"My strong inclination is to stick with something very clear and simple this evening," Wolbach said, noting that the real work of updating definitions should be performed on a permanent ordinance, rather an interim one.

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Instead, the opposite happened and the discussion transformed into a convoluted bout of legislative rigmarole featuring numerous amendments, multiple motions and tense, prolonged wrangling over procedures and details.

Councilman Eric Filseth proposed a series of modifications to the city's existing definition of "retail-like uses," as requested by staff, and the council debated and took a vote on each proposed change, ultimately adopting most. One proposal that proved an easy sell was including daycare centers in the definition of "retail," a use that is currently omitted and that easily won the council's unanimous support. Another, which added gas stations to the definition, also won support quickly. Councilwoman Liz Kniss called the inclusion of gas stations an "obvious" inclusion.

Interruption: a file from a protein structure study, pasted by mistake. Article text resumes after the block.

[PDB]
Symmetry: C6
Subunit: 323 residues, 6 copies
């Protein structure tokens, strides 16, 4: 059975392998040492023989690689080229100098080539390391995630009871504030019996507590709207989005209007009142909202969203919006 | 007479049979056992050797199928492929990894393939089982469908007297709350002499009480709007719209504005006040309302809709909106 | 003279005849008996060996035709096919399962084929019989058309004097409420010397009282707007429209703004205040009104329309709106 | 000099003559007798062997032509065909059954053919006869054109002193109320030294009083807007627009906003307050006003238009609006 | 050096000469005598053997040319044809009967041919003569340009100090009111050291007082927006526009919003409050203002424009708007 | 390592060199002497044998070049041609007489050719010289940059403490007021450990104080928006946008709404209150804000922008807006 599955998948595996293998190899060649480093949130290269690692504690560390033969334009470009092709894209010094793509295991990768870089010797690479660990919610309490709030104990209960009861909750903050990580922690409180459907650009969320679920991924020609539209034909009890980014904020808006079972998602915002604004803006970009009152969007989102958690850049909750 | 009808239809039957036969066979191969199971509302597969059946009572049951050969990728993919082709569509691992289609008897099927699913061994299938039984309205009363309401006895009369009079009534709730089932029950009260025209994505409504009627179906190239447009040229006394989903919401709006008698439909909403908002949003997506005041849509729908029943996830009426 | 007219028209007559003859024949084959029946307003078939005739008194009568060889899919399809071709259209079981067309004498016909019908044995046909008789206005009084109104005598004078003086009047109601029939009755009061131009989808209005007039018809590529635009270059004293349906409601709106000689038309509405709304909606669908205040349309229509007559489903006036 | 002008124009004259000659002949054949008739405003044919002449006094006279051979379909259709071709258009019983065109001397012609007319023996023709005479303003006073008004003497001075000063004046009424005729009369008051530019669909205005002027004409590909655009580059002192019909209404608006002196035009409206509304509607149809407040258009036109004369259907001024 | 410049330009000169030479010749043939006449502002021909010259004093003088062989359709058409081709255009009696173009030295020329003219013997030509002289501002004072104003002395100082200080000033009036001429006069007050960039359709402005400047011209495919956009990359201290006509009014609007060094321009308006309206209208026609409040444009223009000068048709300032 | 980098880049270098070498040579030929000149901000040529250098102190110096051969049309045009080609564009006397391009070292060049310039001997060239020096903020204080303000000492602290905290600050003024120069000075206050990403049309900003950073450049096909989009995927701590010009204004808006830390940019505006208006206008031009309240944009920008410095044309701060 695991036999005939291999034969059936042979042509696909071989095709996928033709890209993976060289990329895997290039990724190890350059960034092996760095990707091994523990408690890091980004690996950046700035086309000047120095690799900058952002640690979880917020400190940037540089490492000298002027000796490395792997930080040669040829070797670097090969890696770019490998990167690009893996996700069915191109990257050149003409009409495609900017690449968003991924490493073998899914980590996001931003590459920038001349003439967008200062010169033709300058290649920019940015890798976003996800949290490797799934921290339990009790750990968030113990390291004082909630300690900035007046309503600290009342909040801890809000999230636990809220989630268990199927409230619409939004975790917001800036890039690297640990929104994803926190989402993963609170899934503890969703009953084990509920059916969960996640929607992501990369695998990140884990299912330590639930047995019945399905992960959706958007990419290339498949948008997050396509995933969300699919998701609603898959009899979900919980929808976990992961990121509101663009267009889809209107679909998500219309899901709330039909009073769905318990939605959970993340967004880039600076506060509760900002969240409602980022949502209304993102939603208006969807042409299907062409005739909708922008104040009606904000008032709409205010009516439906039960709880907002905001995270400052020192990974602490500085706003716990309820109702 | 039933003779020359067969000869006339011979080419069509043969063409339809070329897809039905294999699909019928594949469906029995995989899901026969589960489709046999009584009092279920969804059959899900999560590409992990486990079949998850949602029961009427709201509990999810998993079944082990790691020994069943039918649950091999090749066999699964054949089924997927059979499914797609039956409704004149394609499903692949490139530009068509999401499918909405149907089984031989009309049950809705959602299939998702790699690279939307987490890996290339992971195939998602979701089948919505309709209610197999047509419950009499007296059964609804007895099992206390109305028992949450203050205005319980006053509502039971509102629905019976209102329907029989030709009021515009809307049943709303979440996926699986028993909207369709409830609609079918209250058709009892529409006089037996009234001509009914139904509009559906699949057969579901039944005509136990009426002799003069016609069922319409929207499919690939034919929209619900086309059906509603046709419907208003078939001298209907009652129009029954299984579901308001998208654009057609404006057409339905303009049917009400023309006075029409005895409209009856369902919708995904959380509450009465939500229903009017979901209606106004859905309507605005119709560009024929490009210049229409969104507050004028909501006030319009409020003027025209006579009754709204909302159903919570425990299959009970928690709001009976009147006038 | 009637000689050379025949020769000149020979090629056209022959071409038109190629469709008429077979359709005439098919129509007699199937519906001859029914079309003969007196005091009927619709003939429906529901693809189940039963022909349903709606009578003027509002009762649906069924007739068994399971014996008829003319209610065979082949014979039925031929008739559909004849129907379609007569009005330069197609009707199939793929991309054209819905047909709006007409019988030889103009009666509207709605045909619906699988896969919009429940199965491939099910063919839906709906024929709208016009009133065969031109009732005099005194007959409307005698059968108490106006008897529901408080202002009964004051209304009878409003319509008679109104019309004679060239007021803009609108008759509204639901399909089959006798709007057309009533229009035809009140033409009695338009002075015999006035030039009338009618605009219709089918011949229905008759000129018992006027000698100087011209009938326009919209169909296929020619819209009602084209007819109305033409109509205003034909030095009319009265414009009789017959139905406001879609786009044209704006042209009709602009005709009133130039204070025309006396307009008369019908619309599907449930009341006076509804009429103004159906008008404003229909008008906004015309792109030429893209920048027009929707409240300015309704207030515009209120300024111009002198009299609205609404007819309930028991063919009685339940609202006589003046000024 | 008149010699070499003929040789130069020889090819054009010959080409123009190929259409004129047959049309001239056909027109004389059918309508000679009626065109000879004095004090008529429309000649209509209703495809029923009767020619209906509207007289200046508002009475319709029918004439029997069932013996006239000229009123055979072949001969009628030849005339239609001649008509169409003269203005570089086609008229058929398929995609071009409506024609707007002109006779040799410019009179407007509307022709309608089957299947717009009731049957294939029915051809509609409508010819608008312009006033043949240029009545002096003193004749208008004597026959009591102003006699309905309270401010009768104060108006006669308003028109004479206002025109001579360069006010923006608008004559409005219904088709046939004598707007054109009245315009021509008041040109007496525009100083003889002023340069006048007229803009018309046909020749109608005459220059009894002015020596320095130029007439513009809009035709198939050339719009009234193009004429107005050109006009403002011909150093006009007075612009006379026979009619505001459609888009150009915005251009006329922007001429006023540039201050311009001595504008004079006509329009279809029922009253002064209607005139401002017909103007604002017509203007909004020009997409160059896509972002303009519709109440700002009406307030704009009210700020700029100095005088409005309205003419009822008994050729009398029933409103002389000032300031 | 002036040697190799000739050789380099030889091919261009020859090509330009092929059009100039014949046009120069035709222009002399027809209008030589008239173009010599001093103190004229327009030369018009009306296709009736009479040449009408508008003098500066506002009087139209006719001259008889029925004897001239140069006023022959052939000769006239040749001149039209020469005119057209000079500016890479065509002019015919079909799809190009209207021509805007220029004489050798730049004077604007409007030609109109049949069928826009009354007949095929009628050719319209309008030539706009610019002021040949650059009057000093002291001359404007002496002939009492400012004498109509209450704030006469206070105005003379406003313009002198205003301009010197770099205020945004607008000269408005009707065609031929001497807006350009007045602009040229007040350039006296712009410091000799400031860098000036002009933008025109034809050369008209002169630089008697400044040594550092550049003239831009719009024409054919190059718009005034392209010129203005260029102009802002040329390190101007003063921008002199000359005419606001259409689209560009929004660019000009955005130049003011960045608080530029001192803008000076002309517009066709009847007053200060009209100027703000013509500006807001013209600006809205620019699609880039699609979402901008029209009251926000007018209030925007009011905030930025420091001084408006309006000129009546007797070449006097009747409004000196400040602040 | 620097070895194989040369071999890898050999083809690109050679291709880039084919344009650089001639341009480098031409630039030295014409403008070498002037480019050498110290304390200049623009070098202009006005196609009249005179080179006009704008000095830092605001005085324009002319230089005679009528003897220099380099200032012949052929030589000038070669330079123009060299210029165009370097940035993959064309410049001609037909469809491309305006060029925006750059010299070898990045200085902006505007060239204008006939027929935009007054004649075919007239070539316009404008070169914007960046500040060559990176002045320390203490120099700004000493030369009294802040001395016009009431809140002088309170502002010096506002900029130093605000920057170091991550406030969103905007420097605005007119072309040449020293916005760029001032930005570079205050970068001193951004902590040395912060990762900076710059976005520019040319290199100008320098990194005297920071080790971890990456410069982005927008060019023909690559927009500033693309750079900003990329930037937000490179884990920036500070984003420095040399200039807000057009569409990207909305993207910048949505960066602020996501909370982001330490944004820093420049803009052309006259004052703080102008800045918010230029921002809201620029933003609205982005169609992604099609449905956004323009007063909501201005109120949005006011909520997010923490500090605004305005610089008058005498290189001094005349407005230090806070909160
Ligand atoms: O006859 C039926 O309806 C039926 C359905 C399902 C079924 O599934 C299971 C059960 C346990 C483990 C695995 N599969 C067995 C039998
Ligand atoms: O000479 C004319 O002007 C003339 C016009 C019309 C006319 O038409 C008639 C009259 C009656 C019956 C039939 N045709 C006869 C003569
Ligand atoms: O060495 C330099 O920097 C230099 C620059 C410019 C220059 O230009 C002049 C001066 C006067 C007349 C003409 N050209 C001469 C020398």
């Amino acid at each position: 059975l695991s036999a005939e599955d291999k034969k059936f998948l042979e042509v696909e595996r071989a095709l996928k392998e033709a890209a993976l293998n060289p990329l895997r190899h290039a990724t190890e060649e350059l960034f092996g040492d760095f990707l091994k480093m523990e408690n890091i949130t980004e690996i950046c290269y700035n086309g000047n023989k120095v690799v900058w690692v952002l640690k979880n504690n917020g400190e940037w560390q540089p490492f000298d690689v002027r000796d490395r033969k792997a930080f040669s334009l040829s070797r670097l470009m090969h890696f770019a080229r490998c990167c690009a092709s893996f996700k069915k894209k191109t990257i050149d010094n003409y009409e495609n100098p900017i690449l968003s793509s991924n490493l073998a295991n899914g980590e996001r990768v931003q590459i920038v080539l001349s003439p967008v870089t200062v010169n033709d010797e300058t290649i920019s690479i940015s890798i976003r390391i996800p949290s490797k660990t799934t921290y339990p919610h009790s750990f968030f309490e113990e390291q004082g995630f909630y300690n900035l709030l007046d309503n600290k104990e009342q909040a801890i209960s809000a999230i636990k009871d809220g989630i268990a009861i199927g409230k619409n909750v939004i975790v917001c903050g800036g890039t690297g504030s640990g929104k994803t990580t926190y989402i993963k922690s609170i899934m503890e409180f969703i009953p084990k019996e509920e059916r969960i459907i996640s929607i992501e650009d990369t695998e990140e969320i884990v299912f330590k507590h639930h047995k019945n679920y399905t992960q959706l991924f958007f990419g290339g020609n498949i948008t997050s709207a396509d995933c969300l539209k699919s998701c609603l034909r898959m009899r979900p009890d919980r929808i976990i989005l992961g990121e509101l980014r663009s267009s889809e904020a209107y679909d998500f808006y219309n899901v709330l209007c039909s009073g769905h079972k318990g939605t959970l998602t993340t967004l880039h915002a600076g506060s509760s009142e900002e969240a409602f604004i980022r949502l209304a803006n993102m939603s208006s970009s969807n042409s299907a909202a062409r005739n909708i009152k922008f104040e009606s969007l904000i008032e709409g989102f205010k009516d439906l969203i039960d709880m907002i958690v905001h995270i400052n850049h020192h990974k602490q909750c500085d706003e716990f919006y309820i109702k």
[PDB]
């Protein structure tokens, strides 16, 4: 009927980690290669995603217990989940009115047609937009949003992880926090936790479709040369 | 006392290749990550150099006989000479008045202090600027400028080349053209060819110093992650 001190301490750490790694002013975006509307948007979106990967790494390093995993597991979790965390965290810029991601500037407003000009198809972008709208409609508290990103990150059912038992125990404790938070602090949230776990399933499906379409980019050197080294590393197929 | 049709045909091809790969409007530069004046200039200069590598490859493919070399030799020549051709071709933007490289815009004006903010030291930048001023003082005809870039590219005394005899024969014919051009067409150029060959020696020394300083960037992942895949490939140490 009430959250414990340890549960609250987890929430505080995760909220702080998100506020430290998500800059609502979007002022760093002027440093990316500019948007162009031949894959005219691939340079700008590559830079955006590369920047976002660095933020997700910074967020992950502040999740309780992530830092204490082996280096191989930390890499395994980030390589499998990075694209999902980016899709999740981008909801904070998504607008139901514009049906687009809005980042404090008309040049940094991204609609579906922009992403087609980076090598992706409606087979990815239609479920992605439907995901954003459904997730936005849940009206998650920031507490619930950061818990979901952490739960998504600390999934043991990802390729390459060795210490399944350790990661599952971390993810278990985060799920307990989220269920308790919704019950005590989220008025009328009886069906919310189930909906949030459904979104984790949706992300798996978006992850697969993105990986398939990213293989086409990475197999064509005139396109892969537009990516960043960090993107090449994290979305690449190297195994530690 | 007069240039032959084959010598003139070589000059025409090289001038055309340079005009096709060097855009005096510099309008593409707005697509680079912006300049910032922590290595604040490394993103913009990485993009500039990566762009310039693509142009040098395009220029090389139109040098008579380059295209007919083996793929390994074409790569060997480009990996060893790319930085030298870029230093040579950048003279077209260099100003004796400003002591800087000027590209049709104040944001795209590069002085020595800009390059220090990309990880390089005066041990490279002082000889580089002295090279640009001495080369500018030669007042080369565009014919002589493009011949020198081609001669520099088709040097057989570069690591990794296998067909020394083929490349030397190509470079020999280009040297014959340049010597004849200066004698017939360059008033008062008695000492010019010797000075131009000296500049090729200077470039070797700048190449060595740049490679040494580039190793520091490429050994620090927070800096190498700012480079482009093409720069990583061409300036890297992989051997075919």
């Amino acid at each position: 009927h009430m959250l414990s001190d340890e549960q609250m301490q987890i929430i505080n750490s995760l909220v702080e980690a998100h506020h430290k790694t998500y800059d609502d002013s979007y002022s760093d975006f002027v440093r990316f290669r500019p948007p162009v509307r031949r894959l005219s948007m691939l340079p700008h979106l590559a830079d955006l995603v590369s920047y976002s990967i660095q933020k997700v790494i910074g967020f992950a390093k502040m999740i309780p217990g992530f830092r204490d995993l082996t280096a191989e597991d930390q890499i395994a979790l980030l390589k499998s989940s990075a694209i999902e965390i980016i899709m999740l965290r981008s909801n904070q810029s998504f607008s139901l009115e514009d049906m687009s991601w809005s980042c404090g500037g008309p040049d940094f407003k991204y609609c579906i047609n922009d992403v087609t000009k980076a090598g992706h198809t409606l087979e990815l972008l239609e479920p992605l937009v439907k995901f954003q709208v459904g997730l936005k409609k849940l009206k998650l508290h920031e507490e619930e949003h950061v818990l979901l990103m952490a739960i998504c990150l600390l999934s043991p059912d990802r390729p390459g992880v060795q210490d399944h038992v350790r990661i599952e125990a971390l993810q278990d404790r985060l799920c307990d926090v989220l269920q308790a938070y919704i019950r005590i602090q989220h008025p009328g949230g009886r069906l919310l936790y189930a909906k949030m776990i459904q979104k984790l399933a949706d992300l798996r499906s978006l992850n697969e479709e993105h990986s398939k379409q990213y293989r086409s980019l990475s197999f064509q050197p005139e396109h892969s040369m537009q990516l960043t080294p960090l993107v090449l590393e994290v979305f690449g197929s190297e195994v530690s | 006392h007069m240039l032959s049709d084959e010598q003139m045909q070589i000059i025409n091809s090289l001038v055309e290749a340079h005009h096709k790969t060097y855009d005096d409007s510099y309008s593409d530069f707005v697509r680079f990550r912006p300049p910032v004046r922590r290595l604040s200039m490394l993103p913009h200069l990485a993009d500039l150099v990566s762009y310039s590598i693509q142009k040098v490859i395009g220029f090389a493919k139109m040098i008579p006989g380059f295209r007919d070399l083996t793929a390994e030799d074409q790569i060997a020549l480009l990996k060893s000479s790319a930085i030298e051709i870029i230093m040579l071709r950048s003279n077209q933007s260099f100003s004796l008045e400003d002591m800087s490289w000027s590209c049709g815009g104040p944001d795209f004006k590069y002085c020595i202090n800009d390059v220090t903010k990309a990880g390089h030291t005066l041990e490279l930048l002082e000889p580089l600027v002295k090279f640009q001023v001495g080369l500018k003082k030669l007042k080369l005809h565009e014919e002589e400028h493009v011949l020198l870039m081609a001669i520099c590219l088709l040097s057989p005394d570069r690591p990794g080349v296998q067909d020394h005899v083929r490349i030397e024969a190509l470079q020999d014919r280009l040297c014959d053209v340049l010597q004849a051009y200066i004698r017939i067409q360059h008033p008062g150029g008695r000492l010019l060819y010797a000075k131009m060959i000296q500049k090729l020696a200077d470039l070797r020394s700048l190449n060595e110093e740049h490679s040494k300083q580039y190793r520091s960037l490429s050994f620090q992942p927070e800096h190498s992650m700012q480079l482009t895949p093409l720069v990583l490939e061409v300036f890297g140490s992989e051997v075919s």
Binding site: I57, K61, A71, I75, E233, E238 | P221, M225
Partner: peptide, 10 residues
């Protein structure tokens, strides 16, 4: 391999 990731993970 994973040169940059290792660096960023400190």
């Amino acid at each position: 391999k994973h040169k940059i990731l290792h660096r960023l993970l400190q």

"Our real problem is lack of service stations," Kniss said. "There were far more five to 10 years ago. I'm not sure I heard of anyone recently who wanted to open a gas station."

Another Filseth proposal, to make sure retail is intended for the public at large rather than for a particular corporation (as in Palantir's downtown cafeteria) also won widespread acceptance.

But Filseth's suggestion to also include automotive service proved a tougher sell and initially failed by a 7-2 vote, with Marc Berman and Scharff the only dissenters. Councilman Tom DuBois spoke for the majority when he said Palo Alto is losing its auto-service spots.